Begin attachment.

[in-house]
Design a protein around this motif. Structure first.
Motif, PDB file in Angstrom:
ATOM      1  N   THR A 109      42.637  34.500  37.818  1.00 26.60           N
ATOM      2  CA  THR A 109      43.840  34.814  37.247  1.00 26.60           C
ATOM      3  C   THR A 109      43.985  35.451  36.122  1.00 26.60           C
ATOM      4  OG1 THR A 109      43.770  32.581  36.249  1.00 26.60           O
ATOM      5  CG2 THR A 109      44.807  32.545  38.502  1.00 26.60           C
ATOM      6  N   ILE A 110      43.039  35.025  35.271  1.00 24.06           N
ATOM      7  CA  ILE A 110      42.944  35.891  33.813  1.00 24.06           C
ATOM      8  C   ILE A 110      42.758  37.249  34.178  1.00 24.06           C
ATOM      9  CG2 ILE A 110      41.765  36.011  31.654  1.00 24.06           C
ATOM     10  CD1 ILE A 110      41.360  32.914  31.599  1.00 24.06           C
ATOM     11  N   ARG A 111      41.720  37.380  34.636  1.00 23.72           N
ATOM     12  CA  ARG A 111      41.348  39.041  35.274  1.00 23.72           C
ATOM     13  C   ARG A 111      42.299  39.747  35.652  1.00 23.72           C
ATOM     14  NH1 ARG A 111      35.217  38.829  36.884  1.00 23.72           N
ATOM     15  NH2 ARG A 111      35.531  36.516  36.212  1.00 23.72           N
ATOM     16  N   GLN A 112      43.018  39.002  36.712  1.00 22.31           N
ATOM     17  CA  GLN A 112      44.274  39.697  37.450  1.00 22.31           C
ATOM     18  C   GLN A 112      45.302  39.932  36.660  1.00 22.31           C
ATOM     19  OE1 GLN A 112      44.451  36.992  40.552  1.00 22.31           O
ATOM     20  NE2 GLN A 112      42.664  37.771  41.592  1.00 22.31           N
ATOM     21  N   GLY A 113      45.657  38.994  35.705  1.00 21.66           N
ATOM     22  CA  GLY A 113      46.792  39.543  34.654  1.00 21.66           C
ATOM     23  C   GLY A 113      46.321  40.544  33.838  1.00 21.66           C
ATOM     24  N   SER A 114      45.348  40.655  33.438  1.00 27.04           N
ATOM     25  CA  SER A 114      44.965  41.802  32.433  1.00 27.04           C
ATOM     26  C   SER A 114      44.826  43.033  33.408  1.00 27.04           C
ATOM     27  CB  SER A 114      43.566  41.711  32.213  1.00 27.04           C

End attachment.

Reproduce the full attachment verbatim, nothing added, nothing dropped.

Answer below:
[in-house]
Design a protein around this motif. Structure first.
Motif, PDB file in Angstrom:
ATOM      1  N   THR A 109      42.637  34.500  37.818  1.00 26.60           N
ATOM      2  CA  THR A 109      43.840  34.814  37.247  1.00 26.60           C
ATOM      3  C   THR A 109      43.985  35.451  36.122  1.00 26.60           C
ATOM      4  OG1 THR A 109      43.770  32.581  36.249  1.00 26.60           O
ATOM      5  CG2 THR A 109      44.807  32.545  38.502  1.00 26.60           C
ATOM      6  N   ILE A 110      43.039  35.025  35.271  1.00 24.06           N
ATOM      7  CA  ILE A 110      42.944  35.891  33.813  1.00 24.06           C
ATOM      8  C   ILE A 110      42.758  37.249  34.178  1.00 24.06           C
ATOM      9  CG2 ILE A 110      41.765  36.011  31.654  1.00 24.06           C
ATOM     10  CD1 ILE A 110      41.360  32.914  31.599  1.00 24.06           C
ATOM     11  N   ARG A 111      41.720  37.380  34.636  1.00 23.72           N
ATOM     12  CA  ARG A 111      41.348  39.041  35.274  1.00 23.72           C
ATOM     13  C   ARG A 111      42.299  39.747  35.652  1.00 23.72           C
ATOM     14  NH1 ARG A 111      35.217  38.829  36.884  1.00 23.72           N
ATOM     15  NH2 ARG A 111      35.531  36.516  36.212  1.00 23.72           N
ATOM     16  N   GLN A 112      43.018  39.002  36.712  1.00 22.31           N
ATOM     17  CA  GLN A 112      44.274  39.697  37.450  1.00 22.31           C
ATOM     18  C   GLN A 112      45.302  39.932  36.660  1.00 22.31           C
ATOM     19  OE1 GLN A 112      44.451  36.992  40.552  1.00 22.31           O
ATOM     20  NE2 GLN A 112      42.664  37.771  41.592  1.00 22.31           N
ATOM     21  N   GLY A 113      45.657  38.994  35.705  1.00 21.66           N
ATOM     22  CA  GLY A 113      46.792  39.543  34.654  1.00 21.66           C
ATOM     23  C   GLY A 113      46.321  40.544  33.838  1.00 21.66           C
ATOM     24  N   SER A 114      45.348  40.655  33.438  1.00 27.04           N
ATOM     25  CA  SER A 114      44.965  41.802  32.433  1.00 27.04           C
ATOM     26  C   SER A 114      44.826  43.033  33.408  1.00 27.04           C
ATOM     27  CB  SER A 114      43.566  41.711  32.213  1.00 27.04           C